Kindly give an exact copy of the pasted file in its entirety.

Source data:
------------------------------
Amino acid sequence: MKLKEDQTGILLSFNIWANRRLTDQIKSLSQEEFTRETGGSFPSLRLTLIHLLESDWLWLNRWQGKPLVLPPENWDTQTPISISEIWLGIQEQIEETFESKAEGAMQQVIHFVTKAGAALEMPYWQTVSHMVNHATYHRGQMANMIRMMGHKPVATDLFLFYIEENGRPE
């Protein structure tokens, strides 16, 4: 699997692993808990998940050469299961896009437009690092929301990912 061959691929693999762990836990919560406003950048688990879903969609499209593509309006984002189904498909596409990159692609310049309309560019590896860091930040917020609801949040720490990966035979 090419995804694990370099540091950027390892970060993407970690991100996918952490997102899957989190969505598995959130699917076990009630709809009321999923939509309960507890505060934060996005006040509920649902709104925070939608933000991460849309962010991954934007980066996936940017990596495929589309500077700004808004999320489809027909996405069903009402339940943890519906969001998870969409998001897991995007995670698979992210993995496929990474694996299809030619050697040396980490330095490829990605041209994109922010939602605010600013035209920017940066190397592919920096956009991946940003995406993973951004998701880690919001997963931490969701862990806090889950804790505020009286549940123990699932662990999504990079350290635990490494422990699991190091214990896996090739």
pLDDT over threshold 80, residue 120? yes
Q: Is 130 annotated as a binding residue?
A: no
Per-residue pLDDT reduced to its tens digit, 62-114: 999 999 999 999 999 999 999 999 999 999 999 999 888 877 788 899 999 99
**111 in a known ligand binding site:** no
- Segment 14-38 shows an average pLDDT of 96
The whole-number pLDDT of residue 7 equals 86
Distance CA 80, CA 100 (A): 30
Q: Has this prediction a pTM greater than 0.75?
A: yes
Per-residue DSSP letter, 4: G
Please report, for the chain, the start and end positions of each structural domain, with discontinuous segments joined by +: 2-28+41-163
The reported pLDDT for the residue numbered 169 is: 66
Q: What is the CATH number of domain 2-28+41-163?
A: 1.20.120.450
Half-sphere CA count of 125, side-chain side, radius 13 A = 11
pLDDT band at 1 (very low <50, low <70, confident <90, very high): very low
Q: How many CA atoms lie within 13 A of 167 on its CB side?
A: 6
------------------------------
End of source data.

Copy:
Amino acid sequence: MKLKEDQTGILLSFNIWANRRLTDQIKSLSQEEFTRETGGSFPSLRLTLIHLLESDWLWLNRWQGKPLVLPPENWDTQTPISISEIWLGIQEQIEETFESKAEGAMQQVIHFVTKAGAALEMPYWQTVSHMVNHATYHRGQMANMIRMMGHKPVATDLFLFYIEENGRPE
């Protein structure tokens, strides 16, 4: 699997692993808990998940050469299961896009437009690092929301990912 061959691929693999762990836990919560406003950048688990879903969609499209593509309006984002189904498909596409990159692609310049309309560019590896860091930040917020609801949040720490990966035979 090419995804694990370099540091950027390892970060993407970690991100996918952490997102899957989190969505598995959130699917076990009630709809009321999923939509309960507890505060934060996005006040509920649902709104925070939608933000991460849309962010991954934007980066996936940017990596495929589309500077700004808004999320489809027909996405069903009402339940943890519906969001998870969409998001897991995007995670698979992210993995496929990474694996299809030619050697040396980490330095490829990605041209994109922010939602605010600013035209920017940066190397592919920096956009991946940003995406993973951004998701880690919001997963931490969701862990806090889950804790505020009286549940123990699932662990999504990079350290635990490494422990699991190091214990896996090739």
pLDDT over threshold 80, residue 120? yes
Q: Is 130 annotated as a binding residue?
A: no
Per-residue pLDDT reduced to its tens digit, 62-114: 999 999 999 999 999 999 999 999 999 999 999 999 888 877 788 899 999 99
**111 in a known ligand binding site:** no
- Segment 14-38 shows an average pLDDT of 96
The whole-number pLDDT of residue 7 equals 86
Distance CA 80, CA 100 (A): 30
Q: Has this prediction a pTM greater than 0.75?
A: yes
Per-residue DSSP letter, 4: G
Please report, for the chain, the start and end positions of each structural domain, with discontinuous segments joined by +: 2-28+41-163
The reported pLDDT for the residue numbered 169 is: 66
Q: What is the CATH number of domain 2-28+41-163?
A: 1.20.120.450
Half-sphere CA count of 125, side-chain side, radius 13 A = 11
pLDDT band at 1 (very low <50, low <70, confident <90, very high): very low
Q: How many CA atoms lie within 13 A of 167 on its CB side?
A: 6